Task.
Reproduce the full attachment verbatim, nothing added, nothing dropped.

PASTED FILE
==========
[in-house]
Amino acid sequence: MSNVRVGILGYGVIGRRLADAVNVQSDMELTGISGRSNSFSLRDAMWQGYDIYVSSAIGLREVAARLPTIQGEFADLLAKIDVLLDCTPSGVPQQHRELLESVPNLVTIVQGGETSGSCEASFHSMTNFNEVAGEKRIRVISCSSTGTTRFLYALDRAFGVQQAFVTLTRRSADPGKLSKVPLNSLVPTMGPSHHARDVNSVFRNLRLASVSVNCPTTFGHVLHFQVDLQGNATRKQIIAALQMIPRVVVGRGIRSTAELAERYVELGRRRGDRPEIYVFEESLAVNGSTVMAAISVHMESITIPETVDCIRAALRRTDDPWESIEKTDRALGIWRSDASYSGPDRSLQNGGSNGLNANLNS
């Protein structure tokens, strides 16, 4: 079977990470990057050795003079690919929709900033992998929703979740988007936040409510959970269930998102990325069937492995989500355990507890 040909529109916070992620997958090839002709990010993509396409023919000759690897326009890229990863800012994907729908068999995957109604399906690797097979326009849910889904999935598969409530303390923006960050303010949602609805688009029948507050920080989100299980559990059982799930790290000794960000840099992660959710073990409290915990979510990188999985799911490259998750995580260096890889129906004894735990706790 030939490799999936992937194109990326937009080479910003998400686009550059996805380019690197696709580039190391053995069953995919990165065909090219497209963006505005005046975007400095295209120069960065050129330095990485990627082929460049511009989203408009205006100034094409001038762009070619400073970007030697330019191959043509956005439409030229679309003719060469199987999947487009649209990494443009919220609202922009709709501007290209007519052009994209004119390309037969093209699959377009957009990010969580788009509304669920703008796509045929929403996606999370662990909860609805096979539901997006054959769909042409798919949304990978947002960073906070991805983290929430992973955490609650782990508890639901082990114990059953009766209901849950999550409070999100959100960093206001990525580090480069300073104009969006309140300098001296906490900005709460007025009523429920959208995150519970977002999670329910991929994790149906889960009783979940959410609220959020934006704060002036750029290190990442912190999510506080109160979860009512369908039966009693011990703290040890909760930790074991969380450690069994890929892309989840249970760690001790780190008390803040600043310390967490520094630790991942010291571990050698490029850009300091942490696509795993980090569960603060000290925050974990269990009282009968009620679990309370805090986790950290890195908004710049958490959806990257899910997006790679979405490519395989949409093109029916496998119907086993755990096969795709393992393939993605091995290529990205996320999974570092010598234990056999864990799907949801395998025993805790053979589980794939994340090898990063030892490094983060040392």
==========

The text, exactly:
[in-house]
Amino acid sequence: MSNVRVGILGYGVIGRRLADAVNVQSDMELTGISGRSNSFSLRDAMWQGYDIYVSSAIGLREVAARLPTIQGEFADLLAKIDVLLDCTPSGVPQQHRELLESVPNLVTIVQGGETSGSCEASFHSMTNFNEVAGEKRIRVISCSSTGTTRFLYALDRAFGVQQAFVTLTRRSADPGKLSKVPLNSLVPTMGPSHHARDVNSVFRNLRLASVSVNCPTTFGHVLHFQVDLQGNATRKQIIAALQMIPRVVVGRGIRSTAELAERYVELGRRRGDRPEIYVFEESLAVNGSTVMAAISVHMESITIPETVDCIRAALRRTDDPWESIEKTDRALGIWRSDASYSGPDRSLQNGGSNGLNANLNS
């Protein structure tokens, strides 16, 4: 079977990470990057050795003079690919929709900033992998929703979740988007936040409510959970269930998102990325069937492995989500355990507890 040909529109916070992620997958090839002709990010993509396409023919000759690897326009890229990863800012994907729908068999995957109604399906690797097979326009849910889904999935598969409530303390923006960050303010949602609805688009029948507050920080989100299980559990059982799930790290000794960000840099992660959710073990409290915990979510990188999985799911490259998750995580260096890889129906004894735990706790 030939490799999936992937194109990326937009080479910003998400686009550059996805380019690197696709580039190391053995069953995919990165065909090219497209963006505005005046975007400095295209120069960065050129330095990485990627082929460049511009989203408009205006100034094409001038762009070619400073970007030697330019191959043509956005439409030229679309003719060469199987999947487009649209990494443009919220609202922009709709501007290209007519052009994209004119390309037969093209699959377009957009990010969580788009509304669920703008796509045929929403996606999370662990909860609805096979539901997006054959769909042409798919949304990978947002960073906070991805983290929430992973955490609650782990508890639901082990114990059953009766209901849950999550409070999100959100960093206001990525580090480069300073104009969006309140300098001296906490900005709460007025009523429920959208995150519970977002999670329910991929994790149906889960009783979940959410609220959020934006704060002036750029290190990442912190999510506080109160979860009512369908039966009693011990703290040890909760930790074991969380450690069994890929892309989840249970760690001790780190008390803040600043310390967490520094630790991942010291571990050698490029850009300091942490696509795993980090569960603060000290925050974990269990009282009968009620679990309370805090986790950290890195908004710049958490959806990257899910997006790679979405490519395989949409093109029916496998119907086993755990096969795709393992393939993605091995290529990205996320999974570092010598234990056999864990799907949801395998025993805790053979589980794939994340090898990063030892490094983060040392």